Kings royal tartan worn at Queens vigil was sign of love for Scotland expert

13/09/2022

King’s royal tartan worn at Queen’s vigil was sign of love for Scotland – expert

A historic tartan worn by the King as he stood vigil by the Queen’s coffin was a “sign of respect” and love for Scotland, an expert has said.

A historic tartan worn by the King as he stood vigil by the Queen’s coffin was a “sign of respect” and love for Scotland, an expert has said.

The monarch wore the Prince Charles Edward Stewart – or Stuart – tartan on his visit to the Scottish Parliament and St Giles’ Cathedral in Edinburgh on Monday.

Charles was visiting Scotland as his first engagement in the country as King following the death of the Queen last week, aged 96.

He visited the Palace of Holyroodhouse for a ceremony of the keys before joining the procession of his mother’s coffin up the Royal Mile to St Giles’ Cathedral, where it lay in rest for 24 hours.

The monarch then donned his beloved tartan to pay tribute to his mother at the Scottish Parliament before attending the vigil at the ancient cathedral.

The sett is a variation of the Royal Stewart tartan – a favourite of Elizabeth II – and dates back to the early 19th century.

The defining difference to the Royal Stewart is the reduced red squares.

Its origins date back to the House of Stewart, according to the Scottish Register of Tartans (SRT).

The ancient design was first worn by King George IV on his visit north of the border in 1822 – the first from a reigning monarch in almost two centuries.

Later in the 1800s, it was warn as the regimental tartan by the 72nd Duke of Albany’s Own, the SRT said.

Kiltmaker Gordon Nicolson – whose Royal Mile store has made University of Edinburgh and the John Muir Way tartans – said the King’s choice of tartan was in homage to his love for the country.

Charles, a keen historian is a patrol of the Scottish Tartan Authority and is known for donning many kilts, including the Balmoral Tartan and the Stewart Hunting.

Mr Nicolson said: “The King obviously had a couple of outfits on yesterday but when he went to parliament and St Giles’ he chose to wear his tartan kilt outfit which shows the respect he has got when he comes up to Scotland.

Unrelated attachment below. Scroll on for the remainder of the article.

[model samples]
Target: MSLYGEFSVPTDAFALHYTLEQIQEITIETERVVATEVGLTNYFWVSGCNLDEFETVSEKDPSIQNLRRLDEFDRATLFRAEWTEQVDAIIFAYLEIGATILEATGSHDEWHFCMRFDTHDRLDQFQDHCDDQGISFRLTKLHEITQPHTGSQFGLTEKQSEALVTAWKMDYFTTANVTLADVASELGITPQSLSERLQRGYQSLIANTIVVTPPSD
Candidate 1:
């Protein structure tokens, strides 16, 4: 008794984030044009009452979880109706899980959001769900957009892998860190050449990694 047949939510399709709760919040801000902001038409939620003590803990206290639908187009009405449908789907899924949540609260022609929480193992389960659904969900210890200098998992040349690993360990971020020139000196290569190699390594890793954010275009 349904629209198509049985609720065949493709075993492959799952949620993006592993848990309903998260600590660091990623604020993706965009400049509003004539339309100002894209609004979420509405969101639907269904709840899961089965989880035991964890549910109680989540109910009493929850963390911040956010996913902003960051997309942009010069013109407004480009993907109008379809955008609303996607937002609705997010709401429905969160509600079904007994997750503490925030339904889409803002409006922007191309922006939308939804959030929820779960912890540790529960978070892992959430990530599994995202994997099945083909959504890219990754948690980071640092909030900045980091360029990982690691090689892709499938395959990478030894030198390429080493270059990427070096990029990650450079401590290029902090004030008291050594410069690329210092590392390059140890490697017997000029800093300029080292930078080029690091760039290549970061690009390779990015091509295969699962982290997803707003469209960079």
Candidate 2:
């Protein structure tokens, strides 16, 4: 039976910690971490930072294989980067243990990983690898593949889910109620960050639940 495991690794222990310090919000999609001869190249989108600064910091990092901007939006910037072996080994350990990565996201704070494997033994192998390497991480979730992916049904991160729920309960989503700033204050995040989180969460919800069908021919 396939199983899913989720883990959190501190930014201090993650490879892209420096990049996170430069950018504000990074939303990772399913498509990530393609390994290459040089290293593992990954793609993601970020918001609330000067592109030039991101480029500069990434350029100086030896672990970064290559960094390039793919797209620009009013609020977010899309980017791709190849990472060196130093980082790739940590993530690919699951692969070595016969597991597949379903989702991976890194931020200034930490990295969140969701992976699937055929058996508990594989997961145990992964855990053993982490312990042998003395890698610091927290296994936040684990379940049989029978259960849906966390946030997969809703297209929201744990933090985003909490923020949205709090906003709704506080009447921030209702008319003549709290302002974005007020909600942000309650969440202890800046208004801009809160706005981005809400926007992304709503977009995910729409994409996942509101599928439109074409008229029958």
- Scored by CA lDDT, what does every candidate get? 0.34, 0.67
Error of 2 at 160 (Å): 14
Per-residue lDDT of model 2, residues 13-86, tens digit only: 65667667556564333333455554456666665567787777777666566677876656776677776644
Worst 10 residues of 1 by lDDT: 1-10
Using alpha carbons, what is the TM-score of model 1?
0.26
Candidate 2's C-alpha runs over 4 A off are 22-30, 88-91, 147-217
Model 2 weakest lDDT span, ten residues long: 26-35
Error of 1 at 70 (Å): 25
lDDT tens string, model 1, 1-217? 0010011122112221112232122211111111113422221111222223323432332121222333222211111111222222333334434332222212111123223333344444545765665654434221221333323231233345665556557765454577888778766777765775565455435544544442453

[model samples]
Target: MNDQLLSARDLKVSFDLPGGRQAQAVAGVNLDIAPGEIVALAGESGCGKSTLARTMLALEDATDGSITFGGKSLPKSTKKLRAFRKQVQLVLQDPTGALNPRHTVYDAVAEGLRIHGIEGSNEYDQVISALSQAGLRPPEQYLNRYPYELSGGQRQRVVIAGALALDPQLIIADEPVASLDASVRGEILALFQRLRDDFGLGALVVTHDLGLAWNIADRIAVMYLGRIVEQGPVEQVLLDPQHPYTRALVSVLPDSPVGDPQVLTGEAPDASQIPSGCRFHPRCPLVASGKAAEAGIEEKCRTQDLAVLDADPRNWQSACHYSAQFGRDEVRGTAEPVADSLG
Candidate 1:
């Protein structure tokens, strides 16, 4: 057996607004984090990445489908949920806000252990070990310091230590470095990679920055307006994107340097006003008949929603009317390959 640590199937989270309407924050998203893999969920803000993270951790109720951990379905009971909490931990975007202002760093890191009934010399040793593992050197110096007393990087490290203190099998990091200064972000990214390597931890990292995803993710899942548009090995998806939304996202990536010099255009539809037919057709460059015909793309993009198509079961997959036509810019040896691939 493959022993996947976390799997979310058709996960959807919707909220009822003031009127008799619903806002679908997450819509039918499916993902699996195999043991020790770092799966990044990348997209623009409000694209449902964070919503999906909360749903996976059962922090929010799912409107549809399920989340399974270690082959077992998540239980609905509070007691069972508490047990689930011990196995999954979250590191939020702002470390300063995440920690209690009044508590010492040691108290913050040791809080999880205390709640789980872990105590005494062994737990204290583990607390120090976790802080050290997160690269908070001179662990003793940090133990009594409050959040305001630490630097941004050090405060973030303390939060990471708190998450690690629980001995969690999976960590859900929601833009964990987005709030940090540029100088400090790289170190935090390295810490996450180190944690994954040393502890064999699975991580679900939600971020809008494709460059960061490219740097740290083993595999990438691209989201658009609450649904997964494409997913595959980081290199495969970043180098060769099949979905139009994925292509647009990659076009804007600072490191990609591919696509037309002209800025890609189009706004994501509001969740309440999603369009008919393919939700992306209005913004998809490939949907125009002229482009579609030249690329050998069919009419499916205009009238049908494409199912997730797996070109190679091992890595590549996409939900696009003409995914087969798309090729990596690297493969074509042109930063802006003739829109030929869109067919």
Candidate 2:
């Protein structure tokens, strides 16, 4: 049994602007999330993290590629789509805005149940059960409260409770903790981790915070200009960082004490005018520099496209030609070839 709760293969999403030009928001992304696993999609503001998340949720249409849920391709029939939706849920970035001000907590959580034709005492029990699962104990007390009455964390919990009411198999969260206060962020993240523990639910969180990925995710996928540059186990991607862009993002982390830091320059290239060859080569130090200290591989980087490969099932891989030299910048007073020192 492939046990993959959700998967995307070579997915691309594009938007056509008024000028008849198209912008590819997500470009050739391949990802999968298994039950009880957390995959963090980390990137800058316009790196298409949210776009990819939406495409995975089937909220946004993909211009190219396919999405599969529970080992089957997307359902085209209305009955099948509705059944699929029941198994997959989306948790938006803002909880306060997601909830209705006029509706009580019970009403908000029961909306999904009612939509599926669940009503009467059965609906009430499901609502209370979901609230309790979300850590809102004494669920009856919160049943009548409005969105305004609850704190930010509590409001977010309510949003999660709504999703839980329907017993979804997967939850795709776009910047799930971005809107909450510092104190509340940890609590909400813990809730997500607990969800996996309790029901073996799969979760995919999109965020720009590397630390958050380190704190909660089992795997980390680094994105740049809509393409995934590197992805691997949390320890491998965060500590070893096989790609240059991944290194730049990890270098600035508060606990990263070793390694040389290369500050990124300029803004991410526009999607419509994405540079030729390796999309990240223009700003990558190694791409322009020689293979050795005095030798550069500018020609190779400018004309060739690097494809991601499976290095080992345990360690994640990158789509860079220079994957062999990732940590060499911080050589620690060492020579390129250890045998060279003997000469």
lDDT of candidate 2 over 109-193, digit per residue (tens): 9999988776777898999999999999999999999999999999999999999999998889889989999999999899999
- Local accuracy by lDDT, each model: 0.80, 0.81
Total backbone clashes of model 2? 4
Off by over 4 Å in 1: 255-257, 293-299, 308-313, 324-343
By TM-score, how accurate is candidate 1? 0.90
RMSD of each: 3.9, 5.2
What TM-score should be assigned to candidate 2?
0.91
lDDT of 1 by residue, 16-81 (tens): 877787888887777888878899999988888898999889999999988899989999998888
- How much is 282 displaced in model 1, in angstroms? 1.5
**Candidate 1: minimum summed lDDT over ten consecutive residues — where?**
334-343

“He does wear many different kilts when he is out and about and if he gets a few good comments on it then that will maybe knock it up the batting order for what he will choose to wear.

“The King choosing to wear a tartan that is more accessible to other people may be a statement.”

While admirers of the King’s traditional Scottish dress may wish to wear their own version of the Prince Charles Edward Stewart – its rareness means it has to be specially woven due to its unusual patterns.

But Mr Nicolson said some suppliers may choose to make their own if its popularity increases due to the monarch’s display.

The Balmoral Tartan, in contrast, is restricted to the royal family and piper to the sovereign.

Mr Nicolson added: “Charles is an icon and a kilt wearer. I think we will possibly get people coming in to choose it because it is a nice tartan.

“It’s not restricted like the Balmoral Tartan so anyone can wear it and it makes it more accessible because it means that if someone did want to follow King Charles then they can because it’s not restricted.

“People would have to request it to be woven if they wanted to wear it.

“But on the back of the King wearing it, it could become popular and some mills might actually weave it and keep it in stock.”

Published: by Radio NewsHub


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